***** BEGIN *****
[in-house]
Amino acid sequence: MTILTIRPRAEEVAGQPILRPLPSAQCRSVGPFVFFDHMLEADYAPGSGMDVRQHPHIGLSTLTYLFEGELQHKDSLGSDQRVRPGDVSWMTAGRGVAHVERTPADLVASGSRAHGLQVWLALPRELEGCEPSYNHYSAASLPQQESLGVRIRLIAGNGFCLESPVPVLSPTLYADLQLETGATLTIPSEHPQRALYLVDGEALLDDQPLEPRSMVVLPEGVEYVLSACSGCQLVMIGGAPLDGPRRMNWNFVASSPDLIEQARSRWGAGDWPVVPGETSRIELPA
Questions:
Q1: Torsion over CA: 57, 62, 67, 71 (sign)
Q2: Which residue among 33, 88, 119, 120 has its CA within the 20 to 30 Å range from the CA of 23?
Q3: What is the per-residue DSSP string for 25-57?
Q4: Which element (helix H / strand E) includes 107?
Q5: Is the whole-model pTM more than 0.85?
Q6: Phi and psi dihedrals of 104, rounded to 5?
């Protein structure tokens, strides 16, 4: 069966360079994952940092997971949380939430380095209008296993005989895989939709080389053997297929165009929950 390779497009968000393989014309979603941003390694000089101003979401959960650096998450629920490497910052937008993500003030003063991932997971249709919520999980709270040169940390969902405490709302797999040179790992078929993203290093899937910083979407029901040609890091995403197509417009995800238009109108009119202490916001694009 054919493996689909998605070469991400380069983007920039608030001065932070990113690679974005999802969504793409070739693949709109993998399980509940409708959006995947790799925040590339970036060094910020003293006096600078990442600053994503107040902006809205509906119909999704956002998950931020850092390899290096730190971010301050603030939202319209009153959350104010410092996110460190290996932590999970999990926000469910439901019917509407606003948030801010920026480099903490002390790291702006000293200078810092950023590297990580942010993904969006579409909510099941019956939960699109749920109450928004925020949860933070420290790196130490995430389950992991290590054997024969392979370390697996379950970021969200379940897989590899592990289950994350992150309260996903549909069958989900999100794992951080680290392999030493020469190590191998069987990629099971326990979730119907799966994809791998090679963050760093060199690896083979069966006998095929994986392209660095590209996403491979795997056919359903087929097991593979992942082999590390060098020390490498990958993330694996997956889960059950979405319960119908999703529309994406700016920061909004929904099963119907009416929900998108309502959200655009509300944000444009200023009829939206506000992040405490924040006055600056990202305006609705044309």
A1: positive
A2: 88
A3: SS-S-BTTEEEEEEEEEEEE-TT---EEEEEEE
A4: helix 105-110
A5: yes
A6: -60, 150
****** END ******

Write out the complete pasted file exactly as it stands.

[in-house]
Amino acid sequence: MTILTIRPRAEEVAGQPILRPLPSAQCRSVGPFVFFDHMLEADYAPGSGMDVRQHPHIGLSTLTYLFEGELQHKDSLGSDQRVRPGDVSWMTAGRGVAHVERTPADLVASGSRAHGLQVWLALPRELEGCEPSYNHYSAASLPQQESLGVRIRLIAGNGFCLESPVPVLSPTLYADLQLETGATLTIPSEHPQRALYLVDGEALLDDQPLEPRSMVVLPEGVEYVLSACSGCQLVMIGGAPLDGPRRMNWNFVASSPDLIEQARSRWGAGDWPVVPGETSRIELPA
Questions:
Q1: Torsion over CA: 57, 62, 67, 71 (sign)
Q2: Which residue among 33, 88, 119, 120 has its CA within the 20 to 30 Å range from the CA of 23?
Q3: What is the per-residue DSSP string for 25-57?
Q4: Which element (helix H / strand E) includes 107?
Q5: Is the whole-model pTM more than 0.85?
Q6: Phi and psi dihedrals of 104, rounded to 5?
């Protein structure tokens, strides 16, 4: 069966360079994952940092997971949380939430380095209008296993005989895989939709080389053997297929165009929950 390779497009968000393989014309979603941003390694000089101003979401959960650096998450629920490497910052937008993500003030003063991932997971249709919520999980709270040169940390969902405490709302797999040179790992078929993203290093899937910083979407029901040609890091995403197509417009995800238009109108009119202490916001694009 054919493996689909998605070469991400380069983007920039608030001065932070990113690679974005999802969504793409070739693949709109993998399980509940409708959006995947790799925040590339970036060094910020003293006096600078990442600053994503107040902006809205509906119909999704956002998950931020850092390899290096730190971010301050603030939202319209009153959350104010410092996110460190290996932590999970999990926000469910439901019917509407606003948030801010920026480099903490002390790291702006000293200078810092950023590297990580942010993904969006579409909510099941019956939960699109749920109450928004925020949860933070420290790196130490995430389950992991290590054997024969392979370390697996379950970021969200379940897989590899592990289950994350992150309260996903549909069958989900999100794992951080680290392999030493020469190590191998069987990629099971326990979730119907799966994809791998090679963050760093060199690896083979069966006998095929994986392209660095590209996403491979795997056919359903087929097991593979992942082999590390060098020390490498990958993330694996997956889960059950979405319960119908999703529309994406700016920061909004929904099963119907009416929900998108309502959200655009509300944000444009200023009829939206506000992040405490924040006055600056990202305006609705044309």
A1: positive
A2: 88
A3: SS-S-BTTEEEEEEEEEEEE-TT---EEEEEEE
A4: helix 105-110
A5: yes
A6: -60, 150